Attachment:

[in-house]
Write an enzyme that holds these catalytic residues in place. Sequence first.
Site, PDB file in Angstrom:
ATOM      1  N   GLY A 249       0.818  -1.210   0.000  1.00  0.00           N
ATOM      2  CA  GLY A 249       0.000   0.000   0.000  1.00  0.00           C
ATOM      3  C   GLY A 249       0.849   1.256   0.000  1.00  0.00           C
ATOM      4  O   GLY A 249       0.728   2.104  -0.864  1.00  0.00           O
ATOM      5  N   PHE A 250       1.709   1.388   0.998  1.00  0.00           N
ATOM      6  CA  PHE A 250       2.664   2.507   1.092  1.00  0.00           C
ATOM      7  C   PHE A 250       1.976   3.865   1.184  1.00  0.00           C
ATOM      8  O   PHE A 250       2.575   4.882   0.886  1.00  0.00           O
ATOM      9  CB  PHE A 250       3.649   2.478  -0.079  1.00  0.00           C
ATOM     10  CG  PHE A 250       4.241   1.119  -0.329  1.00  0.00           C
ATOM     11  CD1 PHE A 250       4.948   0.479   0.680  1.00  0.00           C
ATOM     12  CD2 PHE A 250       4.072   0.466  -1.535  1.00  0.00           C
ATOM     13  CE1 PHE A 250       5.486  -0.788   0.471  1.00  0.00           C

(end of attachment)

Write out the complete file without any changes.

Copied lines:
[in-house]
Write an enzyme that holds these catalytic residues in place. Sequence first.
Site, PDB file in Angstrom:
ATOM      1  N   GLY A 249       0.818  -1.210   0.000  1.00  0.00           N
ATOM      2  CA  GLY A 249       0.000   0.000   0.000  1.00  0.00           C
ATOM      3  C   GLY A 249       0.849   1.256   0.000  1.00  0.00           C
ATOM      4  O   GLY A 249       0.728   2.104  -0.864  1.00  0.00           O
ATOM      5  N   PHE A 250       1.709   1.388   0.998  1.00  0.00           N
ATOM      6  CA  PHE A 250       2.664   2.507   1.092  1.00  0.00           C
ATOM      7  C   PHE A 250       1.976   3.865   1.184  1.00  0.00           C
ATOM      8  O   PHE A 250       2.575   4.882   0.886  1.00  0.00           O
ATOM      9  CB  PHE A 250       3.649   2.478  -0.079  1.00  0.00           C
ATOM     10  CG  PHE A 250       4.241   1.119  -0.329  1.00  0.00           C
ATOM     11  CD1 PHE A 250       4.948   0.479   0.680  1.00  0.00           C
ATOM     12  CD2 PHE A 250       4.072   0.466  -1.535  1.00  0.00           C
ATOM     13  CE1 PHE A 250       5.486  -0.788   0.471  1.00  0.00           C